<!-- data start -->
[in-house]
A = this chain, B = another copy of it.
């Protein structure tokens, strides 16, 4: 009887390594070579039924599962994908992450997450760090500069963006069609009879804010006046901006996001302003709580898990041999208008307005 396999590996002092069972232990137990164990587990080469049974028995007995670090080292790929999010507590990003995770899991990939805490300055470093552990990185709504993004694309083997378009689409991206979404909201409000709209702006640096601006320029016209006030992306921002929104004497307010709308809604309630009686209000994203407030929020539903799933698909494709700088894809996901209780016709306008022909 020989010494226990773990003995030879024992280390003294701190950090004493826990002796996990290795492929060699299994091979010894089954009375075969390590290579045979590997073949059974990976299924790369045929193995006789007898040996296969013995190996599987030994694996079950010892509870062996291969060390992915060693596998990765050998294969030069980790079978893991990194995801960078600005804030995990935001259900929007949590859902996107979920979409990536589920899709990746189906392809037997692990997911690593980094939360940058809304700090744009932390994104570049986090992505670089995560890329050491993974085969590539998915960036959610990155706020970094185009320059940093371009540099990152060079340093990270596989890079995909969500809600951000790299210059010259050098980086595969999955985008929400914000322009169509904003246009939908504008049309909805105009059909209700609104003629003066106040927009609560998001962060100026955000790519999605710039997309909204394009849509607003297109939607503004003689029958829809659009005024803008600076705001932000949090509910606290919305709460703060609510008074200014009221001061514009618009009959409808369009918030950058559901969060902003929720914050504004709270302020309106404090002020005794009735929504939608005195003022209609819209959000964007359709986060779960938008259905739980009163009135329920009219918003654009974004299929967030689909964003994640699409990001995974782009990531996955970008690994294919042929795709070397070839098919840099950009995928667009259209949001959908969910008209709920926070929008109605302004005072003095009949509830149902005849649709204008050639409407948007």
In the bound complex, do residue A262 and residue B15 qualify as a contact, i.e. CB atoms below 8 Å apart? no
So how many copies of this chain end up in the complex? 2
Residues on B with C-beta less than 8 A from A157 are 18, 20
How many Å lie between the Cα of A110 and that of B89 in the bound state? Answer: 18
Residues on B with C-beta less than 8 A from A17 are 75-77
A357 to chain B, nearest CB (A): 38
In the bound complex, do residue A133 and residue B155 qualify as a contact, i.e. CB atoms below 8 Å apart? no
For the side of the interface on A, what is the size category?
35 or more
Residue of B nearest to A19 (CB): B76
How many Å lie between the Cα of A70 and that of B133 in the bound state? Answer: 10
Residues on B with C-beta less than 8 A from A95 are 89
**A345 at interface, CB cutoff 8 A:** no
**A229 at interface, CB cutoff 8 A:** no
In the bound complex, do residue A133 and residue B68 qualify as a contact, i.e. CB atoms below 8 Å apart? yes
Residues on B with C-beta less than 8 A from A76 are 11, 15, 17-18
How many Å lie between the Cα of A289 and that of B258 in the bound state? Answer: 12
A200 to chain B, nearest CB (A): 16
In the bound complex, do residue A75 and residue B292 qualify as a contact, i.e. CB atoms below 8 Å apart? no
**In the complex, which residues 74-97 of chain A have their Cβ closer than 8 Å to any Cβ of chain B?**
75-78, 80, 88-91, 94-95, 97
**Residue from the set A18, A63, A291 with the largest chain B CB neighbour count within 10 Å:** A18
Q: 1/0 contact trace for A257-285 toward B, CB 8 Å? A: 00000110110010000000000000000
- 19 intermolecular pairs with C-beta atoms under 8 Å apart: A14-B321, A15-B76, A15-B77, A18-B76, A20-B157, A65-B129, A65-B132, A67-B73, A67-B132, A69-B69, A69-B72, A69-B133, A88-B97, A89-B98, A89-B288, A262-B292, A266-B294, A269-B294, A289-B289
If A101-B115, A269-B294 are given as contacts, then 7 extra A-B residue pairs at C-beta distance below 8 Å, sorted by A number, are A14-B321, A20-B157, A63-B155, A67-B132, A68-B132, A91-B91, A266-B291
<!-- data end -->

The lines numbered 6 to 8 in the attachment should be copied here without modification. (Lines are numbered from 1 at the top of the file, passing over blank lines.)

Residues on B with C-beta less than 8 A from A157 are 18, 20
How many Å lie between the Cα of A110 and that of B89 in the bound state? Answer: 18
Residues on B with C-beta less than 8 A from A17 are 75-77